Just before her 23-year-old son was shot dead in July 2008, Tammy Hegi warned the officers that he wanted to end his life, Hegi said in an interview. Brandon Rodriguez had gotten into a fight with his girlfriend outside Hegi’s home in Hastings. Rodriguez got drunk and smashed the windows of her car. Then he grabbed a Samurai-style sword from the home and headed toward a cemetery behind his house.
A man reported that Rodriguez chased him in the cemetery and swung the sword at him after he said he was calling police, BCA records show. When police arrived, they jumped the back fence into the cemetery and ran after Rodriguez. “I told them when they were jumping the fence, ‘Don’t shoot him because he’s suicidal,’ ” Hegi said.
When he was confronted, Rodriguez charged toward the three Hastings police officers and a Dakota County sheriff’s deputy but stopped when he was ordered to drop his sword, authorities said. He started forward again and threatened to kill them. One officer used a stun gun on Rodriguez, but he kept advancing. Then Hastings Police Sgt. James Galland fired four shots at Rodriguez.
Hegi said she heard what she thought were firecrackers and then overheard over the police radio that shots had been fired. Rodriguez died at Regions Hospital in St. Paul.
“I don’t think he really thought that they were going to harm him,” Hegi said. “He was drunk. And he made a bad choice.”
Hegi was infuriated when the officers involved with the shooting were given awards. “I thought, how in the hell are they getting Medals of Honor when first of all there was nobody to save?” she said.
The BCA’s investigation was presented to a grand jury, who returned a “no bill” of charges against Galland.
Unjustified case thrown out
Rodriguez’s case belonged in the minority of BCA investigations in which a grand jury made the determination on whether to file charges. That decision is left to individual county attorneys 75 percent of the time.
Dakota County attorney James Backstrom said it’s up to the county attorneys to determine which cases are sent to a grand jury. He said he sends all shooting death cases to a grand jury, and said he has “prosecuted a number of law enforcement officers for committing crimes in Dakota County. They need to be held accountable like everyone else.”
The one BCA “conflict investigation” that led to charges had been presented to a grand jury. On April 13, 2012, McLeod County sheriff’s deputy Mark Eischens was part of a team searching the Rich Valley, Minn., home of Harry Ondracek.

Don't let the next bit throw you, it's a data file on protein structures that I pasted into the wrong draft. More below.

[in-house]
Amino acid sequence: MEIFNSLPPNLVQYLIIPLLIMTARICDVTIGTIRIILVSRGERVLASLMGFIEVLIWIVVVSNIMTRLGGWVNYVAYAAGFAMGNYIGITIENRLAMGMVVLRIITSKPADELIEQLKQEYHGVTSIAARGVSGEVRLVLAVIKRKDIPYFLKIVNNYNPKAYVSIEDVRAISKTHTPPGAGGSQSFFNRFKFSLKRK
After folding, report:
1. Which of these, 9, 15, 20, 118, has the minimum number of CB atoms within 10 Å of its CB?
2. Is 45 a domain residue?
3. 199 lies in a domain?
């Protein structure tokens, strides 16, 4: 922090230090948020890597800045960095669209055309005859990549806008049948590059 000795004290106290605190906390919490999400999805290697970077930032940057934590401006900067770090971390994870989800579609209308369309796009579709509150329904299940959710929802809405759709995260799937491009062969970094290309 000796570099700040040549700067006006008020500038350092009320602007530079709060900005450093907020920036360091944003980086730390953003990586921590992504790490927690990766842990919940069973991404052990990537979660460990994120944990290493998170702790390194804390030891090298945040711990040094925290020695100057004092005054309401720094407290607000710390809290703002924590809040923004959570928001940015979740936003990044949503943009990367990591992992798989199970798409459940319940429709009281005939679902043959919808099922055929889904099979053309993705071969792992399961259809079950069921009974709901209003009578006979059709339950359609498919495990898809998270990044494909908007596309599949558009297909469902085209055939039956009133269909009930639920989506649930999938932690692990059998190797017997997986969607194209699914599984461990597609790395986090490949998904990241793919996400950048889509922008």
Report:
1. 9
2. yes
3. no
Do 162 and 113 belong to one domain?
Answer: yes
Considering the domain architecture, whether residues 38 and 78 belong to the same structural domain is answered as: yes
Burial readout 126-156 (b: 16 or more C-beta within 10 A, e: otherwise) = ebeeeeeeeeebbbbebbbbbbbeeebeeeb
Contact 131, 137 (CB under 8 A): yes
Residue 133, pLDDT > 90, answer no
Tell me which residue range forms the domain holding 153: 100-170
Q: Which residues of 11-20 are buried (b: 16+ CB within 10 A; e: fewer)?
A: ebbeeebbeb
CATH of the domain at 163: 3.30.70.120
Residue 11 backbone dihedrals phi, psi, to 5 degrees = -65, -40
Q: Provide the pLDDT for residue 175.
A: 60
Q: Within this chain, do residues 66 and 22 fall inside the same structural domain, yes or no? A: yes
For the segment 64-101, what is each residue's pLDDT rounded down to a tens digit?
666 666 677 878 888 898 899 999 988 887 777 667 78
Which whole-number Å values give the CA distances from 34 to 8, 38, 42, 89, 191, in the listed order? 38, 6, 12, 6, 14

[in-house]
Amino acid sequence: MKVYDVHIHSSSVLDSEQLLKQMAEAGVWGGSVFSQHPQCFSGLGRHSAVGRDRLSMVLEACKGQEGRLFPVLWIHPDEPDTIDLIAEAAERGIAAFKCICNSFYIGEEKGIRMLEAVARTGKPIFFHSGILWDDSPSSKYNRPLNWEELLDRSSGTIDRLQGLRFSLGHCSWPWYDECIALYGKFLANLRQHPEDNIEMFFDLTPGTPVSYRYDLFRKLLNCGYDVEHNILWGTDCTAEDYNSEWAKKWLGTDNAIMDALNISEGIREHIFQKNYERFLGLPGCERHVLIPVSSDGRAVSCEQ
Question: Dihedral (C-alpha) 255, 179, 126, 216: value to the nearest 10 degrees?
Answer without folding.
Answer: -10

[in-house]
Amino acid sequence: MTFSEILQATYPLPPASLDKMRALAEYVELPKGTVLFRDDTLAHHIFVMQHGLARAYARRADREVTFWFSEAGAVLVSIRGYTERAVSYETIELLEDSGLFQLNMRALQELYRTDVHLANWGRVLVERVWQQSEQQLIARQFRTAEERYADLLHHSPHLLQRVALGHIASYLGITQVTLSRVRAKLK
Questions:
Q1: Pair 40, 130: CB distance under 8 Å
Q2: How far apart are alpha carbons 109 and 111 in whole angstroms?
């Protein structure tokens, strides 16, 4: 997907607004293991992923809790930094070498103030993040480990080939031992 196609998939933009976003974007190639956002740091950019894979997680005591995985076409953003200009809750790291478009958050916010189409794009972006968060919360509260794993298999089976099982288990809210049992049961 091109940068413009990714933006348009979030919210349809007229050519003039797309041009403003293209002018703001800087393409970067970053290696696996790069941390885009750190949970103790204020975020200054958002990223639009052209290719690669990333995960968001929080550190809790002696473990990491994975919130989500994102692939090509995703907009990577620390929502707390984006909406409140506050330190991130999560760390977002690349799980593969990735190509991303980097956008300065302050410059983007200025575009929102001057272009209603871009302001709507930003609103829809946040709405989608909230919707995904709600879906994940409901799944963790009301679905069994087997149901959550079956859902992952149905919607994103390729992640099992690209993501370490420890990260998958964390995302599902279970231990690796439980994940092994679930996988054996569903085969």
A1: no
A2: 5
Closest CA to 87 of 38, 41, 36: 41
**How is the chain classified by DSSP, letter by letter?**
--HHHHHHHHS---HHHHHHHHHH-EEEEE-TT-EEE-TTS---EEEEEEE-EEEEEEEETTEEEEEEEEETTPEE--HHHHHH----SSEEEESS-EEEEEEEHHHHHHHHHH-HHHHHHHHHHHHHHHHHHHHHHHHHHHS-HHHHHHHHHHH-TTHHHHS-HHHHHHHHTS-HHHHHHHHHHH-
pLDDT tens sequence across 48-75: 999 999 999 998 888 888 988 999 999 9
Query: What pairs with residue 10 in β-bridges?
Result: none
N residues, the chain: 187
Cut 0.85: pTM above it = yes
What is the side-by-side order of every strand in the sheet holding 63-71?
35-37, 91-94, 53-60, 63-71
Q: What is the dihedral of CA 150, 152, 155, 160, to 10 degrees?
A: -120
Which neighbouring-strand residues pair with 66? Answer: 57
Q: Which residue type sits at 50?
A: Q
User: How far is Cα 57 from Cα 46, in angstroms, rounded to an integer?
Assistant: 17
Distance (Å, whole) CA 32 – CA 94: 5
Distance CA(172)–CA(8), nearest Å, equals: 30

Eischens told the BCA investigator he heard a loud bang or thud and thought it was a gunshot. Then Eischens said he saw Ondracek come into a doorway and “thought he was shooting at me.” Eischens shot and wounded Ondracek, who was unarmed.
The grand jury indicted the deputy on four charges, including intentional discharge of a firearm, second-degree assault and intent to inflict bodily harm. But Sibley County attorney David Schauer dropped the case after several officers changed their testimony and the court was persuaded by Eischens’ attorneys to use a different definition for the use-of-force standard, according to a letter Schauer sent to the BCA.
“At this time I do not believe the case can be proved up beyond a reasonable doubt,” Schauer wrote in a dismissal document filed in January.
In an interview, Schauer said even though he was forced to drop the case, he stands by the grand jury’s indictment. Eischens received no disciplinary action.
Sometimes attorneys have won compensation in civil court after officers have been exonerated on the criminal side.
In July 2009, LeSueur County sheriff’s deputy Todd Waldron shot Tyler Heilman twice in the chest after a traffic stop, BCA records show. Heilman was unarmed and dressed only in swim trunks. He scuffled with Waldron, who was in plain clothes and did not identify himself as a law officer, the records show.
A grand jury in Anoka County returned “no bills,” exonerating Waldron. He faced no disciplinary action.